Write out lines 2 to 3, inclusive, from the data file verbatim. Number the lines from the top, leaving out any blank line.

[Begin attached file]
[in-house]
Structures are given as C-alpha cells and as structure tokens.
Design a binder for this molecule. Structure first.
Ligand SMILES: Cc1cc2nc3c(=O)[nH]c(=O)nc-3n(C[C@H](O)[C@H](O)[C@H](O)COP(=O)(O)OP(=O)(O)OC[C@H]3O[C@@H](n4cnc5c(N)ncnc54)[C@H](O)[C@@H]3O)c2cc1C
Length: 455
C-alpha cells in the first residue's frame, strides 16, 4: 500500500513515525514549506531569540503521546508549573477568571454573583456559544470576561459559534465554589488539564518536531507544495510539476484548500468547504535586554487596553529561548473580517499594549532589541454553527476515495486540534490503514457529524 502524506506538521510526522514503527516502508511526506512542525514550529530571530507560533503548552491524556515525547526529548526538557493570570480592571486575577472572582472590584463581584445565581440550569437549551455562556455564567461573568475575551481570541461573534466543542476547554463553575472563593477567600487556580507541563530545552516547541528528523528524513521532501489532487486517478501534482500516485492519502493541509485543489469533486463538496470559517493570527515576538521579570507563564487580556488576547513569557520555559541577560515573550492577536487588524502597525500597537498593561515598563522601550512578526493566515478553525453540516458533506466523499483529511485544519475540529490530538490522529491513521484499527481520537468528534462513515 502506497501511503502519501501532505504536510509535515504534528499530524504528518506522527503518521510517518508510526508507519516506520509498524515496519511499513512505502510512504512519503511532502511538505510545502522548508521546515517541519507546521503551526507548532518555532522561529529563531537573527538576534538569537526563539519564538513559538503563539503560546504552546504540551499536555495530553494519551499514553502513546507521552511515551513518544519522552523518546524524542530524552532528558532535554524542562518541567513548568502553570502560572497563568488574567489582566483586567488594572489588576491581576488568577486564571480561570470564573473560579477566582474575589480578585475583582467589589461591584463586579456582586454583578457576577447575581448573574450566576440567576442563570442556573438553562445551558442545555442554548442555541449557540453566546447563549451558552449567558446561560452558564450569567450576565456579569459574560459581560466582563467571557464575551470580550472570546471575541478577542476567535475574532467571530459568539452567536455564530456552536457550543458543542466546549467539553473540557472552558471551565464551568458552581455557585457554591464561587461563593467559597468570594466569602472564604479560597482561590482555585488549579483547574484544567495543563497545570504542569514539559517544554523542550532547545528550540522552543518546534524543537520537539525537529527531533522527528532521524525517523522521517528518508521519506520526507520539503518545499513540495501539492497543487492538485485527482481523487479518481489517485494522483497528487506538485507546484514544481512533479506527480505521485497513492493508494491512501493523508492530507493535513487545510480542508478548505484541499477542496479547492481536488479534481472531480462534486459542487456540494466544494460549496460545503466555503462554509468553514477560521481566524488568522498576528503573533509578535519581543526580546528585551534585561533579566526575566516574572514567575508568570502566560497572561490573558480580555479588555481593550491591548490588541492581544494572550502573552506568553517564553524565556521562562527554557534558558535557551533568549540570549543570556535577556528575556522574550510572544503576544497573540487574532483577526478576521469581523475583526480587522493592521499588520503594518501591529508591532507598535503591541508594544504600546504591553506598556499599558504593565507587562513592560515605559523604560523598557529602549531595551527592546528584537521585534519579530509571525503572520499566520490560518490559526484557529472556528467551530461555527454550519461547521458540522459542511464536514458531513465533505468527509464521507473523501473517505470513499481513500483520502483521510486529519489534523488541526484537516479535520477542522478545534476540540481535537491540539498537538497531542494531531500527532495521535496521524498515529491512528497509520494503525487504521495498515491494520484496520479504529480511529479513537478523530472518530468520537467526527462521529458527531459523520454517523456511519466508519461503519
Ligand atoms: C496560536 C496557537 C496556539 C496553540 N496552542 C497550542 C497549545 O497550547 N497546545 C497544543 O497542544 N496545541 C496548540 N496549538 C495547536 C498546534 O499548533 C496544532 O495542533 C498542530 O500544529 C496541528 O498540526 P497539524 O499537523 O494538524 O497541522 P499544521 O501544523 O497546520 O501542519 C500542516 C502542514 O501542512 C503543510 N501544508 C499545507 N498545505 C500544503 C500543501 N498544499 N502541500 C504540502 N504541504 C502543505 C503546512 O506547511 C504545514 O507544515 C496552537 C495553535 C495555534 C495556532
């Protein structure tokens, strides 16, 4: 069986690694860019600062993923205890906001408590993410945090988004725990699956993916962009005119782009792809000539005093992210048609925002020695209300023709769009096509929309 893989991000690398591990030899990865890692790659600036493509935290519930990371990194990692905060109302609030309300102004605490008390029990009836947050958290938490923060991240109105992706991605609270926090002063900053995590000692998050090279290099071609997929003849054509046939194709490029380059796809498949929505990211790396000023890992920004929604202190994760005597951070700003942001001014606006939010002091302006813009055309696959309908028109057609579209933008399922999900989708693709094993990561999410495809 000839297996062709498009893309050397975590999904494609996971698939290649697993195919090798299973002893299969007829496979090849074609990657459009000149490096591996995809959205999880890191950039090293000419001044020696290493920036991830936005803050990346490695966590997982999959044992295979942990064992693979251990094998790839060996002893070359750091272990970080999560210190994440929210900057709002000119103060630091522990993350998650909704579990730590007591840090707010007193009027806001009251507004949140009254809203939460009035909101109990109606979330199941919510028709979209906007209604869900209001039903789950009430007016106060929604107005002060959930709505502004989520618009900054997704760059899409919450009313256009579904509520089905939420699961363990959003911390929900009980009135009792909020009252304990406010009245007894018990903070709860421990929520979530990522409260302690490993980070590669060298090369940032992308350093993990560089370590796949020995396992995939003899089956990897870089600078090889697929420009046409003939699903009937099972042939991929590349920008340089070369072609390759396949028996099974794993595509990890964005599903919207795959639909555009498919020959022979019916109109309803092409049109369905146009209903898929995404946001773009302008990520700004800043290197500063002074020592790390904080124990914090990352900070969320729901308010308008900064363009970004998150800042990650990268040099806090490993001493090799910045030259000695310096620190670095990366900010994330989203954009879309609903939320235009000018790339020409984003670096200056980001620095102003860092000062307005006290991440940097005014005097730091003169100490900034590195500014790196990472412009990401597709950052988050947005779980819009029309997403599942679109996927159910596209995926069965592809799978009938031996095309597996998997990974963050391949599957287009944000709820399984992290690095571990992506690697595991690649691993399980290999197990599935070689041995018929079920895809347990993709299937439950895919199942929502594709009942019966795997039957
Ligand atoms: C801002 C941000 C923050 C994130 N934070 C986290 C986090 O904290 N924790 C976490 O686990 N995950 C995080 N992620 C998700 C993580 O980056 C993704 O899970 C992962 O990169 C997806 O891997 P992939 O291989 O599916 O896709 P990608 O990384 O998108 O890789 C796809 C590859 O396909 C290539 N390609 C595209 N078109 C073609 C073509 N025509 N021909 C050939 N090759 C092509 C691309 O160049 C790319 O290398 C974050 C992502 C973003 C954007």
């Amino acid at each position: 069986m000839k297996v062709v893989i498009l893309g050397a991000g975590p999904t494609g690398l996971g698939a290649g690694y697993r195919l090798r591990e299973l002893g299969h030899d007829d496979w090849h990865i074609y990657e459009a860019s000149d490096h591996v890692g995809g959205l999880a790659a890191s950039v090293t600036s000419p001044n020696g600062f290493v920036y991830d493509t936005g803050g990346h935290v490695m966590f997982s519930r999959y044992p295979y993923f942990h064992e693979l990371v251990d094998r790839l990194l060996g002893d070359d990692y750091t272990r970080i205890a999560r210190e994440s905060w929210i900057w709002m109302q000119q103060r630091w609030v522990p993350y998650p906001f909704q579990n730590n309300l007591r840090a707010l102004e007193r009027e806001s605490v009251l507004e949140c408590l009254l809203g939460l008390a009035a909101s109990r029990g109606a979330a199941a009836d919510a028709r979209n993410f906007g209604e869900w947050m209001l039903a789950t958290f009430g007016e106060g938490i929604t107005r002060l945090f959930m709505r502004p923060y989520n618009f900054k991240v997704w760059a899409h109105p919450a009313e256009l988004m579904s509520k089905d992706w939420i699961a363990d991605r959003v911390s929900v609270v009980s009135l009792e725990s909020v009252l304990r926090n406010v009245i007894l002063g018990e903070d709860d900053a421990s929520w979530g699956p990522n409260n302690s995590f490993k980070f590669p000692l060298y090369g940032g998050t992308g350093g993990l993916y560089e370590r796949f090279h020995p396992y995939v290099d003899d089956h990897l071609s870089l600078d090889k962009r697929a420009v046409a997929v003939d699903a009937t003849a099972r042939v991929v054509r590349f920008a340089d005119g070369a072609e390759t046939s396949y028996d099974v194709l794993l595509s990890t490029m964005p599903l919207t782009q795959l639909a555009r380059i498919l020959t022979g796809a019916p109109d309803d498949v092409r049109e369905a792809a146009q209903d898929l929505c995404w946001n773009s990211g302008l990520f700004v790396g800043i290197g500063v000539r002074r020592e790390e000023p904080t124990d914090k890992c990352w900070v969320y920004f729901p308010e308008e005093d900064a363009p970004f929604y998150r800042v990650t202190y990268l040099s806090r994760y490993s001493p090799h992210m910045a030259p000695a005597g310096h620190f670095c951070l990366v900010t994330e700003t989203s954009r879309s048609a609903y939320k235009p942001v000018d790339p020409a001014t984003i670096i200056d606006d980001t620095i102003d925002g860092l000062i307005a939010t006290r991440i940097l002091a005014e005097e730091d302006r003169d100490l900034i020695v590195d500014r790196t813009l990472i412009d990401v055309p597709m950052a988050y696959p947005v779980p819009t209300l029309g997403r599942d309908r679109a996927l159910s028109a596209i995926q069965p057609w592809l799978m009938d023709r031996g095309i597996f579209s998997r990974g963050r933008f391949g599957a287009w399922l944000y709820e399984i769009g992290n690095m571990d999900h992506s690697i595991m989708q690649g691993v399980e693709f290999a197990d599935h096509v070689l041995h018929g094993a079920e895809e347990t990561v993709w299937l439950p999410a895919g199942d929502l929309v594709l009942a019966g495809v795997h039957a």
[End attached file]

Structures are given as C-alpha cells and as structure tokens.
Design a binder for this molecule. Structure first.